Anatomy Of Personality | Sigmund Freud

Let’s take a look at Sigmund Freud’s anatomical approach to personality. He altered his conceptual model of mental existence, which I mentioned in my previous post, those levels of the human mind, in the early 1920s. After some revisions, he added the Id Ego and Super Ego as three basic structures in the anatomy of personality.

In this section, we’ll examine these in greater detail.

Id, the component of the personality contains the innate, biological desires that supply the psyche with its basic energy or libido, according to psychoanalytic theory.

The id, according to Sigmund Freud, is the most primordial component of the psyche, lying in the unconscious’s deepest level; it has no inner organization and acts according to the pleasure principle. Thus, until the ego begins to grow and work in accordance with reality, the infant’s life is controlled by the urge for immediate gratification of instincts such as hunger and sex.

As a result, the topic of what is the pleasure principle has arisen.

Sigmund Freud believes that humans are driven by a desire for gratification, or pleasure, as well as the release of tension that builds up as pain or “unpleasure” when gratification is not forthcoming. The pleasure principle, according to Sigmund Freud’s classical psychoanalytic theory, is the mental force that drives people to seek immediate fulfilment of innate, or libidinal, impulses including sex, hunger, thirst, and elimination. It controls the id and is most active during childhood. It is later countered by the ego’s reality principle in adulthood. The pleasure–pain principle is another name for it.

So, from the beginning of our lives, we have all had the Id component. That such drives exist in children is extremely astounding, and I believe that the transition from instant gratification to Ego is quite difficult for children who are approaching adulthood.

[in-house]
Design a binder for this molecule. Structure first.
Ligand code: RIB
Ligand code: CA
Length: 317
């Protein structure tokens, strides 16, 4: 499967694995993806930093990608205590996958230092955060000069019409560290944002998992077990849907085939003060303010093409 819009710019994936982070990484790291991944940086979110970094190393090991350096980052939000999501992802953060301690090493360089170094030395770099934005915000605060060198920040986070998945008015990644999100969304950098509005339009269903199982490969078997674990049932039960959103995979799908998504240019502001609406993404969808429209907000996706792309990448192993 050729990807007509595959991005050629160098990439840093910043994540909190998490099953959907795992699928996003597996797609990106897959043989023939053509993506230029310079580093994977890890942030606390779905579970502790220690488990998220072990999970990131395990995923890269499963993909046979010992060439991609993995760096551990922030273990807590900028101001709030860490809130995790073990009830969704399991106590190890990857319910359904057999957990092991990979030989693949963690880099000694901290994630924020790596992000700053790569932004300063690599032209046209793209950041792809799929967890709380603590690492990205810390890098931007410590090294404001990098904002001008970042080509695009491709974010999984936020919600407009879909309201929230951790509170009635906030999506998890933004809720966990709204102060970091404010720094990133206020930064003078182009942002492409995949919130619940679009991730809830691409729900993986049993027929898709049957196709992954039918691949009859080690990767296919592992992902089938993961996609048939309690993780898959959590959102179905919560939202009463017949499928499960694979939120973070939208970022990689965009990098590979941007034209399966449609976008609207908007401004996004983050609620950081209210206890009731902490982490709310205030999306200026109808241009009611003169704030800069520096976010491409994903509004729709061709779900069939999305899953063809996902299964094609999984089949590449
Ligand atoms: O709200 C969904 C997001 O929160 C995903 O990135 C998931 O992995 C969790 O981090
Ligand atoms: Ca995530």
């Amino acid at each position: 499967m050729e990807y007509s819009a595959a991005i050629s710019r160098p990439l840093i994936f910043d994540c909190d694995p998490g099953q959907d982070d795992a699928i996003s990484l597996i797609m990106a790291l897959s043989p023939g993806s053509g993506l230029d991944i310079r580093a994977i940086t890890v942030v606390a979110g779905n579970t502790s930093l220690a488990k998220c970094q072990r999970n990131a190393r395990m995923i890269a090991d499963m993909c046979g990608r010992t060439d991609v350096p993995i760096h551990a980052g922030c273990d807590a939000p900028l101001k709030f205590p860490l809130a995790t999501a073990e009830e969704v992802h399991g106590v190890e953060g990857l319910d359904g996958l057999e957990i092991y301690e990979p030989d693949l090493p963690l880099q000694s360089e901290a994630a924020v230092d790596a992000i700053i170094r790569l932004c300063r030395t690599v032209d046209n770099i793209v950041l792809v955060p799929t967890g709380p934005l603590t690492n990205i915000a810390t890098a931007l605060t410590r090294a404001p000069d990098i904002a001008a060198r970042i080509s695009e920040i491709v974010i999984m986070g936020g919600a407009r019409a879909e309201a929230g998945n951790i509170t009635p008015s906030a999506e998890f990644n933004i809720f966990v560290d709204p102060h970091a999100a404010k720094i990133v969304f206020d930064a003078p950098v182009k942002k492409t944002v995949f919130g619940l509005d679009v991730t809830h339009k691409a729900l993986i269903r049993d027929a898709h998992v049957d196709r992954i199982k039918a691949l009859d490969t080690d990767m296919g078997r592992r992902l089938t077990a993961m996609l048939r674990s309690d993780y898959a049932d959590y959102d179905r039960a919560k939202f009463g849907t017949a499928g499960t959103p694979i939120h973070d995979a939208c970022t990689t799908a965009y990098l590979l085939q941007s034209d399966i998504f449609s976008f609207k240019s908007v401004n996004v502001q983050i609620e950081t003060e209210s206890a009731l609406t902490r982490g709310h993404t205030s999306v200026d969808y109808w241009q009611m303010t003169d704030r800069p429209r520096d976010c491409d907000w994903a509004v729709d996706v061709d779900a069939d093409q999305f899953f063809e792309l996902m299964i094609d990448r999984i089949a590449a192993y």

Ego, according to psychoanalytic theory, the part of the personality that deals with the outside world and its practical demands. The ego, in particular, enables an individual to perceive, reason, solve problems, test reality, and modify one’s impulses to meet the needs of the superego.

To put it simply, the ego is the component of personality that maintains the balance between the Id and the superego. Now, we must first understand the superego before we can fully comprehend these components.

Super-Ego, the moral component of the psyche that symbolises parental and societal values and determines personal standards of good and evil, or conscience, as well as ambitions and aspirations, according to psychoanalytic theory. The ego, which controls personal impulses and guides acts in the standard Freudian tripartite structure of the psyche, operates by the laws and principles of the superego, which come from parental demands and prohibitions. The creation of the superego happens on an unconscious level, commencing in the first five years of life and continuing throughout infancy, adolescence, and adulthood, primarily through identification with parents and, subsequently, admired patterns of behaviour.

After elaborating on each of Sigmund Freud’s personality components, now we can demonstrate it. To put it simply, Ego exists between Id and Super-ego; Super-ego is the good cop, whereas Id is the bad cop, and Ego is the balance between the two. Let’s say you go to a store and see a beautiful dress but the price is too high but no one is looking at you. Here you have an intra-psychic conflict because your Id is saying (I want the dress and I want it right now) but your superego is saying (Stealing is bad) so the ego steps in and tries to resolve the matter and it says (I have to be realistic I cannot afford the dress right now, I shall buy it later).

I hope this clarifies your understanding.

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Areej Mirza

Areej Mirza

Psychologist | Writer | Counsellor | Life Coach | Entrepreneur